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    Coffee grounds can also be acidic, so use them judiciously. Or use them near known acid-tolerant plants like rhodos, camellias or heathers. Our soil here tends toward acid anyway, which can stunt the growth of some plants or even result in "burnt" looking leaf edges -- lettuce is a good indicator. (I used to apply lime to my lettuce beds a week or two before planting to counteract that.)

    I gotta say I know how you feel, because the place we moved into three years ago had a "builders' garden" -- four inches of topsoil over rubble and clay subsoil. But we persevere!
    Keke
     
  5. Sundrop

    Sundrop Well-Known Member

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    Actually, most vegetables and many other plants do best in slightly acidic soil, since many nutrients are the most available to plants in soil with pH of 5.5 - 6.5

    @nambi_pambi: I like your avatar :-)
     
  6. Keke

    Keke Active Member 10 Years

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    Sundrop, yes! But it can tip over to too acid pretty quickly if you add acidic amendments. Like I say, lettuce is a good indicator. It will tip burn if the soil needs sweetening.
     
  7. KimberlyKid

    KimberlyKid Member

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    Here's a good hint: go to your local farm supply store and see if you can find Domtar brand Gypsum. It is a powder that when applied to the soil and watered deeply will open up heavy clay. I have used pieces of broken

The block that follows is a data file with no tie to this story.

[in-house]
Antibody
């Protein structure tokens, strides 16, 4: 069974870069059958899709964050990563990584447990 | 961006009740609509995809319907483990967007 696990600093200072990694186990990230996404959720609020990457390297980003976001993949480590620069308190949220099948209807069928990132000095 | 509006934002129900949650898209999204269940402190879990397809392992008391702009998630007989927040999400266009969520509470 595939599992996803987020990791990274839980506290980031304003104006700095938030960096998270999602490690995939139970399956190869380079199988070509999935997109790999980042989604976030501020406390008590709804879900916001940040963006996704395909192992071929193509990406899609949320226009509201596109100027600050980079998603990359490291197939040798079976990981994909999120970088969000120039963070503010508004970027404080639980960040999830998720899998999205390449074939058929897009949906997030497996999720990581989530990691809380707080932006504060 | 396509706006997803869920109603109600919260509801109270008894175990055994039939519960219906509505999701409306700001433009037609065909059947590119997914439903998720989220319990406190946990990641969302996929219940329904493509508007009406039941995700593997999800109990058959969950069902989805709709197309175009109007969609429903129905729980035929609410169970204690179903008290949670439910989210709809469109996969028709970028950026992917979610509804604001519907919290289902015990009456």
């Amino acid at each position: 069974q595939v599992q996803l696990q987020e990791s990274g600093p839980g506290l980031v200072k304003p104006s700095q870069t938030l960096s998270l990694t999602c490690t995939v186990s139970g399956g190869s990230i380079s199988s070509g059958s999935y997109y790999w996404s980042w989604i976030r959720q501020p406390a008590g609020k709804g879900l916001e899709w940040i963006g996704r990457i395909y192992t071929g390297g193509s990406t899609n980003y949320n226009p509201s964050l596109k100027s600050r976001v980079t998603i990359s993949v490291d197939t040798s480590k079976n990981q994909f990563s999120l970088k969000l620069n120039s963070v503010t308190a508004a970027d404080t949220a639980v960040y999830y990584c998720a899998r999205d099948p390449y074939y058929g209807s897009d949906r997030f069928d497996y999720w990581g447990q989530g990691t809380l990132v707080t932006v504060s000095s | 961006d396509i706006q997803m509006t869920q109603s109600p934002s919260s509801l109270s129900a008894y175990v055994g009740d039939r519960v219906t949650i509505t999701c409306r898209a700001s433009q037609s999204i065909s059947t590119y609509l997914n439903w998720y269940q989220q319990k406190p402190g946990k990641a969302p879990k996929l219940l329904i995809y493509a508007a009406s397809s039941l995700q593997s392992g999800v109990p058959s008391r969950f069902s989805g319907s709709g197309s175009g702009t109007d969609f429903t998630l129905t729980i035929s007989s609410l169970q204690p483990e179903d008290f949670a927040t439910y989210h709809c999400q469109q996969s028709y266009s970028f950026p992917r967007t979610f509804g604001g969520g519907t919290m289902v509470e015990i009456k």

"dry wall" to do the same thing. I had a farm a few years ago and used to buy this product from Domtar by the truck load, the results will be amazing. Put about 1/2 to 1 Kg. per tree. Repeat the process frequently.
    I had a pear tree that bloomed in August when this product was applied, and the leaves on our Cottonwood tree doubled in size. The ground will take a while to open up.

    Regards, KK
     
  8. Georgia Strait

    Georgia Strait Generous Contributor

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    get some "hardware cloth" from the local building supply - form it in to a circle at full height of the width of the wire "cloth" - so it should be approx 4 feet high and approx 3 feet across. google this idea and there are lots of suggestions in the "images" link at the top of the google search results page.

    fill it with big leaf maple leaves (falling now)

    ask friends if they have some
    look on the sides of residential streets or out in the country (make sure you're not picking up nasty garbage hidden in your leaves, like needles and broken glass etc)

    it will take a few months and then you keep doing this for years.

    I found the best time to deal with that type of soil is the winter-spring (moisture) but be careful you are not packing it down by stomping over it repeatedly

    lots of old timers picked up seaweed and other shoreline treasure - however, I don't know how environmentally friendly (respectful) that is - and of course, you have to leave it out for a good coast winter's worth of rain to rinse off the salt.
     
  9. HigherGroundJess

    HigherGroundJess Member

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    The answer is BARK MULCH!! I recommend composted (aged) bark mulch because the decomposition process has already started and nutrients will be available to plants right away. Do not put raw material (chips, yard waste, leaves) on your garden beds before composting for at least one year. Raw material ties up nitrogen in the soil and it becomes unavailable to plants.
    Watch this video, Secrets of Installing Bark Mulch from a couple of professional gardeners: